Description: Interferon beta-1a is available through recombinant DNA technology. Interferon beta-1a is a 166 amino acid glycoprotein produced by Chinese hamster ovarian cells into which the human interferon beta gene has been introduced. The amino acid sequence of interferon beta-1a is identical to endogenous interferon beta. Interferon beta-1a is glycosolated with a single N-linked complex carbohydrate moiety, similar to native interferon beta. The specific activity of interferon beta-1a is 200 million IU/mg interferon beta-1a. Interferon beta-1a is 10-times more active per milligram of protein than interferon beta-1b in standard antiviral assays. This increase in activity is due to glycosylation of interferon beta-1a, which appears to stabilize the molecule.[2830] Interferon beta-1a had been shown to decrease both the number and severity of multiple sclerosis (MS) attacks (i.e., relapses) and to significantly slow the progression of physical disability associated with relapsing-remitting MS. Interferon beta-1a has also been studied in the treatment of hepatitis C, various malignancies including non-small cell lung cancer, chronic myelogenous leukemia, hairy cell leukemia, melanoma, and arthritis. The FDA approved Avonex® on May 17, 1996 for the treatment of relapsing-remitting MS. A Biologics License Application for Rebif® was submitted to the FDA in April 1998. Positive results from an on-going comparative study of Rebif® and Avonex® are needed to meet the US Orphan Drug requirements, which allow market exclusivity for Avonex® and Betaseron® (interferon beta-1b). Rebif® is available outside of the United States and is indicated for the treatment of relapsing-remitting MS (see also Interferon Beta-1a, Recombinant, rh-INF-beta monograph in Investigational/New Drugs). Mechanism of Action: Interferon beta-1a acts similarly to native interferon beta. Interferon beta belongs to the class of interferons, which are species-specific proteins produced in response to viruses as well as a variety of other natural and synthetic stimuli. Interferon beta is a Type I interferon. Interferon beta has 30% amino-acid homology with interferon alpha but only 1% homology with interferon gamma. Both interferon beta and interferon alpha are encoded on chromosome 9. Interferon beta binds to the type 1 interferon receptor with greater affinity than interferon alpha. In addition, interferon beta may bind to a distinct receptor that does not interact with interferon alpha. Interferon beta is produced by various cells including fibroblasts and macrophages, and has both antiviral and immune regulatory activities. Interferon beta increases the levels of 2,5-oligo-adenylate (2-5A) synthetase, an intracellular enzyme that is capable of degrading viral RNA. This activity may contribute to the antiviral and antiproliferative effects of interferon beta. Interferon beta has antiviral activity against herpes virus, human papillomavirus, hepatitis B, hepatitis C, and human immunodeficiency syndrome virus. There is some evidence that interferon beta has greater in vitro antiproliferative effects against many solid tumor cell lines than interferon alpha. The immunoregulatory effects of interferon beta include decreased expression of class II major histocompatibility complex (MHC) antigens, inhibition of T-helper cells, decreased expression of pro-inflammatory cytokines including interleukin (IL)-1beta, tumor necrosis factor (TNF)- alpha and -beta, interferon gamma (INF-G) and IL-6, and upregulation of interleukin-10, which is an immunosuppressive cytokine that inhibits T-helper cells INF-G and TNF release. The biologic responses of interferon beta therapy may be evaluated via the following markers: Beta2-microglobulin, neopterin, and tryptophan, and inhibition of concanavalin-stimulated proliferation of peripheral blood mononuclear cells. Interferon beta inhibits the expression of pro-inflammatory cytokines including INF-G, which is believed to be a major factor responsible for triggering the autoimmune reaction leading to multiple sclerosis. It is thought that INF-G stimulates cytotoxic T-cells and induces macrophages to produce proteinases that degrade the myelin sheath around the spinal cord. INF-G causes upregulation of class II MHC antigens on nervous system tissue; cytotoxic T-cells recognize these antigens as receptor sites and attack the tissue. The result is a progressive neurologic dysfunction. Interferon beta therapy downregulates INF-G production and INF-G-stimulated class II MHC expression. Interferon beta reduces T-cell migration across the blood-brain barrier. Interferon beta has also been found to increase production of nerve growth factor (NGF), which promotes oligodendrocyte survival and differentiation and axonal recovery. This may have a favorable effect on remyelination. Pharmacokinetics: Interferon beta-1a is administered by intramuscular injection. Pharmacokinetic data from patients with multiple sclerosis are not available. Interferon beta is metabolized in the liver. Peak serum concentrations were achieved between 3 and 15 hours (mean = 9.8 hours) in healthy volunteers following a 60 µg IM dose. Serum concentrations of interferon beta may be sustained following IM administration because of prolonged absorption from the IM site. The elimination half-life is about 10 hours. Biologic response marker levels (e.g., neopterin, tryptophan, and beta2-microglobulin) increase within 12 hours of dosing and remain elevated for at least 4 days. Biologic response marker levels usually peak within 48 hours of dosing.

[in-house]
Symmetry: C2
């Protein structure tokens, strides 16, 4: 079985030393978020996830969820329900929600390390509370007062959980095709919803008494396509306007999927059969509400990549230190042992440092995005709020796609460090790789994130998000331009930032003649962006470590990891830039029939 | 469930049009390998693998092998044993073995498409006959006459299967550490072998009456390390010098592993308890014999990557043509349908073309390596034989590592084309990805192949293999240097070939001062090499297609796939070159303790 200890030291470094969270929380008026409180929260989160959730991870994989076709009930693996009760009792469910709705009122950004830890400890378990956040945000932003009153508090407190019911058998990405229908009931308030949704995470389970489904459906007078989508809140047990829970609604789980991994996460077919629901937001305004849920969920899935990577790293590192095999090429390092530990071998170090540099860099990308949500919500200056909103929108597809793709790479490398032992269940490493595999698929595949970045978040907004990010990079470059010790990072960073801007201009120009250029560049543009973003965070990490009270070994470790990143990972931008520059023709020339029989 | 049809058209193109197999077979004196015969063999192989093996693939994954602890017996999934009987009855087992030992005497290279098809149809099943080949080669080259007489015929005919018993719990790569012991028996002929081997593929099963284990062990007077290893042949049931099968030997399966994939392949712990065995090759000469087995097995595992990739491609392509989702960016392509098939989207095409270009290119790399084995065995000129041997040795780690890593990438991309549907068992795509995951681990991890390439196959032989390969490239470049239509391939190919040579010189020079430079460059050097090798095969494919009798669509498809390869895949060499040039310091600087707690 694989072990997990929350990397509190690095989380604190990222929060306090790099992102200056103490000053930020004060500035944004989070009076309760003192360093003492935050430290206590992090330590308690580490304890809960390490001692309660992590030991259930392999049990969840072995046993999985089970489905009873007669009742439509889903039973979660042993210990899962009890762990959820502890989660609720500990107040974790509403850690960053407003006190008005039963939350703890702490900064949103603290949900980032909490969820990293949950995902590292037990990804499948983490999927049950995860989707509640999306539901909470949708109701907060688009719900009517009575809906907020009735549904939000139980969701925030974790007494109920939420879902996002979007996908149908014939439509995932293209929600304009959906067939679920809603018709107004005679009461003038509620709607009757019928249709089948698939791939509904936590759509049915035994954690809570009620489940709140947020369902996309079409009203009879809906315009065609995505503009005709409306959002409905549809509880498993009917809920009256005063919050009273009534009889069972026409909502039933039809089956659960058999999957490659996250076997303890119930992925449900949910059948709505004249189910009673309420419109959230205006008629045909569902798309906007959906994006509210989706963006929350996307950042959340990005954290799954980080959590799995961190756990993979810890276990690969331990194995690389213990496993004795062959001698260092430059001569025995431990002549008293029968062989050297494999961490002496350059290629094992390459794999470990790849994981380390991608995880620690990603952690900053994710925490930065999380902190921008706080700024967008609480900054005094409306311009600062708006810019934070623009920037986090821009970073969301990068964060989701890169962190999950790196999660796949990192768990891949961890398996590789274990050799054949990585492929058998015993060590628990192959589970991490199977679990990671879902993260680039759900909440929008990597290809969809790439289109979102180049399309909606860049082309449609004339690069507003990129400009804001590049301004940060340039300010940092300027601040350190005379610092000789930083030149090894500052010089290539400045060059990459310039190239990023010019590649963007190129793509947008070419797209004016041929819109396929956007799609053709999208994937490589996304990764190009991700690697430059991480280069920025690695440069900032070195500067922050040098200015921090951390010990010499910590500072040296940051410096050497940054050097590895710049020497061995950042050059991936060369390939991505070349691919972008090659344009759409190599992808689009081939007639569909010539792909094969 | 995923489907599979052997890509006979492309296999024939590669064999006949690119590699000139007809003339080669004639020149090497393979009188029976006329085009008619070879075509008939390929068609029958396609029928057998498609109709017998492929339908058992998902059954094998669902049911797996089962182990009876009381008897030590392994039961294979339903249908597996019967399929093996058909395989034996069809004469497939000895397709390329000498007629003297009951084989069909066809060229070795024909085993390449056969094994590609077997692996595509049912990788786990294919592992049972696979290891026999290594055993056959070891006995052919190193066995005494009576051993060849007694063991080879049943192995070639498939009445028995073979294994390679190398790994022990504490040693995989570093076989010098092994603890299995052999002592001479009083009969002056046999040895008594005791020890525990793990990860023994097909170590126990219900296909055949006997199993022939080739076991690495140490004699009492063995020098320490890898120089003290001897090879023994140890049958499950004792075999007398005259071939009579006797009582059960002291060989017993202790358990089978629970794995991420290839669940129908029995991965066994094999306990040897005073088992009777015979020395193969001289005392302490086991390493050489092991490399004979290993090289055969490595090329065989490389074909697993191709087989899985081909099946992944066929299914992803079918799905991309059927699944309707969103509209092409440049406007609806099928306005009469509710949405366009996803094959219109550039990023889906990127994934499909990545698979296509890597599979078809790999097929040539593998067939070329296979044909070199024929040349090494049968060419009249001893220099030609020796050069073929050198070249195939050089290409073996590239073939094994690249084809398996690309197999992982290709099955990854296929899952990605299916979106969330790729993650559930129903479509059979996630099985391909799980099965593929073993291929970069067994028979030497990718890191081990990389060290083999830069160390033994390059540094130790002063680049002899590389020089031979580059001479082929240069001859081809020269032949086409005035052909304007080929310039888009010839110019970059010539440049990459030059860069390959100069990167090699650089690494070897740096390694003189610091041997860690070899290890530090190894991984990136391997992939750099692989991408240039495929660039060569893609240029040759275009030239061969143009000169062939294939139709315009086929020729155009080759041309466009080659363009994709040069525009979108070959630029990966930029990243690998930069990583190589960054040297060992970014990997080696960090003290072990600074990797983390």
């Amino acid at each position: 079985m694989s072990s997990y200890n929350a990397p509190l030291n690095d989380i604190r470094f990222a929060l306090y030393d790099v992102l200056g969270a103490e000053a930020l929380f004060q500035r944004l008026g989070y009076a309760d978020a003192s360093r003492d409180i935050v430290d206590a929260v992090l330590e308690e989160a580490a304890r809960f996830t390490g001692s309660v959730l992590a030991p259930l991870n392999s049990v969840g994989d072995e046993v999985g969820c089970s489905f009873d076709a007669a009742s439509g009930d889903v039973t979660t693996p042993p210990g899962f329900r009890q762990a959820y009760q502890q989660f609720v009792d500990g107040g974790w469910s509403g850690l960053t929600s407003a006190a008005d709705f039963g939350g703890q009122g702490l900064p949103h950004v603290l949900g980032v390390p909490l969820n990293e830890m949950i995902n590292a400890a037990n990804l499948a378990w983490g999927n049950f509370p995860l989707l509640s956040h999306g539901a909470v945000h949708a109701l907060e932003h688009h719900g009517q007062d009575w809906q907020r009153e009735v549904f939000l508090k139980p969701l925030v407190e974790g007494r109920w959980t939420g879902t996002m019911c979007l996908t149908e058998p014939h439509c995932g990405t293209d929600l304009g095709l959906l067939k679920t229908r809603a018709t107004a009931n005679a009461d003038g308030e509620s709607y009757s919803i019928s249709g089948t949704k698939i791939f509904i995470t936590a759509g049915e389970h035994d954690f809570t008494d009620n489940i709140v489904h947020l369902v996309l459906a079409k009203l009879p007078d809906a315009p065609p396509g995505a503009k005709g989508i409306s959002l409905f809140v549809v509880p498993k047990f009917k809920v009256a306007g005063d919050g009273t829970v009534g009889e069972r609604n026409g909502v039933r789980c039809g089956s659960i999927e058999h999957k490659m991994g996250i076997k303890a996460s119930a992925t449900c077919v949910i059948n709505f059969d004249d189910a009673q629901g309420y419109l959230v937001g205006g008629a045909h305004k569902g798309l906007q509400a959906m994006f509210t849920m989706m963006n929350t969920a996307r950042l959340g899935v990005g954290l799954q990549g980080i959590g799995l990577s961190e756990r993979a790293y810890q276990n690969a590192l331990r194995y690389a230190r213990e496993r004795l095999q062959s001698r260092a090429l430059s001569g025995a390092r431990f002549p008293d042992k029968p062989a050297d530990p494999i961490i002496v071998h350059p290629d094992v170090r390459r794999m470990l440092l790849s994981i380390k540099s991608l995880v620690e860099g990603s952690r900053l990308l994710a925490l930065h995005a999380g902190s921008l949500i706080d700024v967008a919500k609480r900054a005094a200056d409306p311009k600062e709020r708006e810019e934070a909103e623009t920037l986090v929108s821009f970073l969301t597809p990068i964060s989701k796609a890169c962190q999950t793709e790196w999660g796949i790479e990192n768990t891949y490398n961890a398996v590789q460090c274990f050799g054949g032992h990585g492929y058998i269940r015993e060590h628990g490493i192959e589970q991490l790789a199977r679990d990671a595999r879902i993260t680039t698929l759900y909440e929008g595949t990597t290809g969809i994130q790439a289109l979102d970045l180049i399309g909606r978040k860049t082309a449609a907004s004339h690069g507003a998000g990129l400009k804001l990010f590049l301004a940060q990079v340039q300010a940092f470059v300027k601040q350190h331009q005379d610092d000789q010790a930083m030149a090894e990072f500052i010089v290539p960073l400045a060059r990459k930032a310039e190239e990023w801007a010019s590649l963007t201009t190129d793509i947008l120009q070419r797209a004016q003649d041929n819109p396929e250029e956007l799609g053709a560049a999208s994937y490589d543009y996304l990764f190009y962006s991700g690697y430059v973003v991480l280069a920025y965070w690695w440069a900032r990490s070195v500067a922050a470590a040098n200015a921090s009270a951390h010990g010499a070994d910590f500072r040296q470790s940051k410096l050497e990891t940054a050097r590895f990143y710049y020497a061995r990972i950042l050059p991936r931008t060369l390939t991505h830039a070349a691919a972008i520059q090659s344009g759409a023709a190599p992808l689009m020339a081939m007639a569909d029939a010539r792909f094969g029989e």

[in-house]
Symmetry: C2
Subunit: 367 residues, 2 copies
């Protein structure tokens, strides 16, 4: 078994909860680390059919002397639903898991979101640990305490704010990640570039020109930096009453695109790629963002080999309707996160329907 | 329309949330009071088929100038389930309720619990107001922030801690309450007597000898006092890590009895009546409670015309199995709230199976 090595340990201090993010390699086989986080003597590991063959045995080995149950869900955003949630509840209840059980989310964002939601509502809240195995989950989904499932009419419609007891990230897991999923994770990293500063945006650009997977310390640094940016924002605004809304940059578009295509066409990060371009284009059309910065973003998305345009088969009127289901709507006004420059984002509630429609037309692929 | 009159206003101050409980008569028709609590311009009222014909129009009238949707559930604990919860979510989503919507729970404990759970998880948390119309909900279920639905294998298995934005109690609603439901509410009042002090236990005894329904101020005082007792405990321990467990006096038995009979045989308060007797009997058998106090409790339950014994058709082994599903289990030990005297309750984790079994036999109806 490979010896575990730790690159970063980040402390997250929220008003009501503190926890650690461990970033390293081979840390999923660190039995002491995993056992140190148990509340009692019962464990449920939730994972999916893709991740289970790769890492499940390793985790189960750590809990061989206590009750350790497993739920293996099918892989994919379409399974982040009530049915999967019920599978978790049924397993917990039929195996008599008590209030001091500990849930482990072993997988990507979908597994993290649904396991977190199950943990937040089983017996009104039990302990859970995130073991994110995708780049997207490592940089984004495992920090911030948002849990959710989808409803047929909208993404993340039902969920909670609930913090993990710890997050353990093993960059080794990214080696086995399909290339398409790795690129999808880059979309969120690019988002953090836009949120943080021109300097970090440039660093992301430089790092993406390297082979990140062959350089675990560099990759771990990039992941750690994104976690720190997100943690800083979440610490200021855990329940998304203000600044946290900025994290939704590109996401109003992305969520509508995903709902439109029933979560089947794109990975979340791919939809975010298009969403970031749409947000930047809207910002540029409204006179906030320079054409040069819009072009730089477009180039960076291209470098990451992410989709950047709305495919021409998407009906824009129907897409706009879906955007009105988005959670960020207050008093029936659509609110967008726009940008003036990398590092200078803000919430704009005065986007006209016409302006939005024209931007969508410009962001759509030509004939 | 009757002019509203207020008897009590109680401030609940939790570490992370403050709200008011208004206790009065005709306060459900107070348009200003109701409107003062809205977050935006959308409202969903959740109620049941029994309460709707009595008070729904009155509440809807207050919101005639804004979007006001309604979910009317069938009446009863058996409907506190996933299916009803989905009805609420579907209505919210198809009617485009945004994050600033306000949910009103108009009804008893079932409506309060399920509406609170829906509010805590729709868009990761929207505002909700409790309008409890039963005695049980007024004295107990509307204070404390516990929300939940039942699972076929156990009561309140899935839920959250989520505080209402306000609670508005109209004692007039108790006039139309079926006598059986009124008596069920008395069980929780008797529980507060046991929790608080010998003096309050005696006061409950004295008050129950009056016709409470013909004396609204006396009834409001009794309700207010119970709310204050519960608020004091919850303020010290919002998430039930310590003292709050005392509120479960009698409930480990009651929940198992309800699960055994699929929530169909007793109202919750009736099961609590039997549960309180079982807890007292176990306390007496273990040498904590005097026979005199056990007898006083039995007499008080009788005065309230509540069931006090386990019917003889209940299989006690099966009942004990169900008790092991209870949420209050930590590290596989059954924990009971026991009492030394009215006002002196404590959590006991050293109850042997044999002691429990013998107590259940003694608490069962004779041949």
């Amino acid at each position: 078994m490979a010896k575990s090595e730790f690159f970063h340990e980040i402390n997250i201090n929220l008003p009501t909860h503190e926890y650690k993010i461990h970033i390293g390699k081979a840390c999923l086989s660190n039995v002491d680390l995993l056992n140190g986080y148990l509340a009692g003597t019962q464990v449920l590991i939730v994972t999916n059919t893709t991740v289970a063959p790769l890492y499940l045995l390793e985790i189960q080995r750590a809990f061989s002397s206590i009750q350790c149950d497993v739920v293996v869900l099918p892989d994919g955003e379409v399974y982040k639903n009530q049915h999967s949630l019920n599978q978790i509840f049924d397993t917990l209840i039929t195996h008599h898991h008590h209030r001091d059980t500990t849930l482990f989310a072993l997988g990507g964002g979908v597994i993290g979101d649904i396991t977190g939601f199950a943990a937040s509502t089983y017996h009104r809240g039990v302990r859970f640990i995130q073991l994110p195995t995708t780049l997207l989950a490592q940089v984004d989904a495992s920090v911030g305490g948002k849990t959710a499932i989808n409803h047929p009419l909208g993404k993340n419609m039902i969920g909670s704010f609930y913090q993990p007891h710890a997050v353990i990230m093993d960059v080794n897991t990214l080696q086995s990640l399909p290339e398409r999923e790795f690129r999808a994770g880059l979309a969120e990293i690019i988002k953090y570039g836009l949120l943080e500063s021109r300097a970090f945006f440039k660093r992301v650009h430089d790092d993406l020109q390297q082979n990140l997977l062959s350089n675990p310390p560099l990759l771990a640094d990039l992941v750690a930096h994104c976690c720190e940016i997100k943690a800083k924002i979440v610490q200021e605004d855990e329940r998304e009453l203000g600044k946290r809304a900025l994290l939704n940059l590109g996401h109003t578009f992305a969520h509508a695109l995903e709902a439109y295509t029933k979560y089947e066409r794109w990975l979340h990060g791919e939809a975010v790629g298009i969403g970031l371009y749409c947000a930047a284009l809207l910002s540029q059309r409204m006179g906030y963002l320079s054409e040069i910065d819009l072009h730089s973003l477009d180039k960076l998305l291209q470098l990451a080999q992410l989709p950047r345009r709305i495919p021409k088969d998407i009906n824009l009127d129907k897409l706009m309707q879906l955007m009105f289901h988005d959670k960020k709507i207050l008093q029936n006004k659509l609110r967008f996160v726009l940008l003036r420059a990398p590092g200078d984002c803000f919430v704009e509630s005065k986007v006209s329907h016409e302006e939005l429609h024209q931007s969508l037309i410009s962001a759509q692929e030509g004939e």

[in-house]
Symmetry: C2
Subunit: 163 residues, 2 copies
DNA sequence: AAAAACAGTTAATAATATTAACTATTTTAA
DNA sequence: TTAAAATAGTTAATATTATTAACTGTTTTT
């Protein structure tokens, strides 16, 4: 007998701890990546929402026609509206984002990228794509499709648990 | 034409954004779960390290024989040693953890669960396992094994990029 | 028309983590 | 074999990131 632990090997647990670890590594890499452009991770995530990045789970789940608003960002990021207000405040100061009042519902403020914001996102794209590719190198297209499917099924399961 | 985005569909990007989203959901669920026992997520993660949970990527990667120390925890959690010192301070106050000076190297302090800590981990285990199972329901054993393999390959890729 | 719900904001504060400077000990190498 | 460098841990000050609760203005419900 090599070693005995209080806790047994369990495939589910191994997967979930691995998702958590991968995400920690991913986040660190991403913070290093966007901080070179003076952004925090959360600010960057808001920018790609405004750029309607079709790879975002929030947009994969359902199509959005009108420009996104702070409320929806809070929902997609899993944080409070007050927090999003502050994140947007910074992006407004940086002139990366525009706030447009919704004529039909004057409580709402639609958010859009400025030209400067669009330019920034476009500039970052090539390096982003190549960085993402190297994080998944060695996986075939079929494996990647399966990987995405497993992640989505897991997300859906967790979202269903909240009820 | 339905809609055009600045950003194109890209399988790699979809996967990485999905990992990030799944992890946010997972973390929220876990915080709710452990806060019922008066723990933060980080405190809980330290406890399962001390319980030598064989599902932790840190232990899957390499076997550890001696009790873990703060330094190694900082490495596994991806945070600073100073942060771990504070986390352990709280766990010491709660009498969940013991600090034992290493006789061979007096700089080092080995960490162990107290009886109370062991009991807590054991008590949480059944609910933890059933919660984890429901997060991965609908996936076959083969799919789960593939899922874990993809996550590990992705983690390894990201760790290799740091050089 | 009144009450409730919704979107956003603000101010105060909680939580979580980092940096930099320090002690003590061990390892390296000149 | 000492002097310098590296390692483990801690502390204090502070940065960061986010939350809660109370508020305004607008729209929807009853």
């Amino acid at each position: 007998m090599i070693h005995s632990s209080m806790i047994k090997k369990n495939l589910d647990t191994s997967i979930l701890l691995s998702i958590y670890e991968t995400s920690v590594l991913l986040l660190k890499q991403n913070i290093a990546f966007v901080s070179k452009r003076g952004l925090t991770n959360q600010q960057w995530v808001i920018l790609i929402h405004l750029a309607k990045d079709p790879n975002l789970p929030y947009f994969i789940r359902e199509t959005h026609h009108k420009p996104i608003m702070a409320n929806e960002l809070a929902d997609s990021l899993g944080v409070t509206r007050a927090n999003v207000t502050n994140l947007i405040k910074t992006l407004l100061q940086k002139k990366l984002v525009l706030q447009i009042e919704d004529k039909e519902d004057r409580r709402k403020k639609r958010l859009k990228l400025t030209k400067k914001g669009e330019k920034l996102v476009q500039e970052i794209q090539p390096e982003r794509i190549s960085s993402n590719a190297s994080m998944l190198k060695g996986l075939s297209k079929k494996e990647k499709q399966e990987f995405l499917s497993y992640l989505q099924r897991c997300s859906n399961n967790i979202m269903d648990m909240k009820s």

Indications...Dosage For the treatment of remitting-relapsing forms of multiple sclerosis (MS) to slow physical disability and decrease the frequency of exacerbations: NOTE: Interferon beta-1a (Avonex®) has been designated as an orphan drug by the FDA for this indication. Intramuscular dosage (Avonex®): Adults: 30 µg (6 million IU) IM once a week. If a dose is missed, it should be given as soon as possible. The regular schedule may then be continued, but do not give 2 injections within 2 days of each other.[1659] Data suggest that early initiation of interferon beta-1a therapy delays the onset of clinically definite MS in high-risk patients who have recently experienced a demyelinating event but do not yet have clinical MS.[2985] Doses of 60 µg IM once weekly do not provide any additional benefits versus the 30 µg dose. Subcutaneous dosage (Rebif®, not available in the US)†: Adults: The PRISMS trial has shown that Rebif® 22 µg or 44 µg SC three times weekly significantly reduces the number of relapses, delays disability progression, and reduced disease activity and burden as measured in MRI.[249] New 4-year data from the PRISMS trial presented at the Annual Meeting of the American Academy of Neurology (May 2000) show that the higher dose is statistically superior to the lower dose. In addtion, these data suggest that disease progression was most delayed in patients who started treatment 2 years earlier in the disease with the higher dose, as compared to delaying treatment with the lower dose. For the treatment of hepatitis C†: NOTE: Interferon beta-1a has been designated as an orphan drug by the FDA for this indication. Intramuscular dosage: Adults: Data regarding the efficacy of beta interferons for hepatitis C are conflicting. There is no established dosage regimen. In the majority of studies, beta interferon 3—6 million IU IM three times weekly was used to treat patients who are no longer responding to other therapies, such as alfa interferon. Patients with hepatic impairment: Specific guidelines for dosage adjustments in hepatic impairment are not available; it appears that no dosage adjustments are needed. Patients with renal impairment: Specific guidelines for dosage adjustments in renal impairment are not available; it appears that no dosage adjustments are needed. †non-FDA approved indication